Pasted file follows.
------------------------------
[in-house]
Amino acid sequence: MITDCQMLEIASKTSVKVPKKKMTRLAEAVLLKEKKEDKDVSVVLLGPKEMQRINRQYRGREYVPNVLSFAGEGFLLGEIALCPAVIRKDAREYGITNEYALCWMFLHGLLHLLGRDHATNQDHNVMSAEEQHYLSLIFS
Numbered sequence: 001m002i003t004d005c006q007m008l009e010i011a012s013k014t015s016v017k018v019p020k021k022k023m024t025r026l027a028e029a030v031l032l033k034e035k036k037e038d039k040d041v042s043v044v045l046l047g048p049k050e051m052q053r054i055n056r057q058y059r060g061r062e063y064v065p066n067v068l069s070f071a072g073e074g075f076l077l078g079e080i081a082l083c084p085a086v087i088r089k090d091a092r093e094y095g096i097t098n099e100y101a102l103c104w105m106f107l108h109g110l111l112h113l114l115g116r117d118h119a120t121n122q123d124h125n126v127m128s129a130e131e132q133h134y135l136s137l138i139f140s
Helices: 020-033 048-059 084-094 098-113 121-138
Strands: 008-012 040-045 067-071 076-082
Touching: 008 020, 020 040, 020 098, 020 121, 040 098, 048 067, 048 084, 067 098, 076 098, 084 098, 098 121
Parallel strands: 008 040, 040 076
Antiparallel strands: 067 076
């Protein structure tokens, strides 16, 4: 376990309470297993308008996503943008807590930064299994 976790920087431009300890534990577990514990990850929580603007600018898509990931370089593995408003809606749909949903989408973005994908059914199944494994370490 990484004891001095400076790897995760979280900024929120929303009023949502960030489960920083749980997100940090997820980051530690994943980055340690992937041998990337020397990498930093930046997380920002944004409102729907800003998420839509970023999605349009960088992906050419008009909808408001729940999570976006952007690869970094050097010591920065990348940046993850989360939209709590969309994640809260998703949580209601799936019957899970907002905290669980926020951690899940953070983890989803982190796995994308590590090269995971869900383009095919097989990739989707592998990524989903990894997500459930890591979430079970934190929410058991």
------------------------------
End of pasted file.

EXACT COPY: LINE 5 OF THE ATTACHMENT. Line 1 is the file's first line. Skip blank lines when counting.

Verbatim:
Strands: 008-012 040-045 067-071 076-082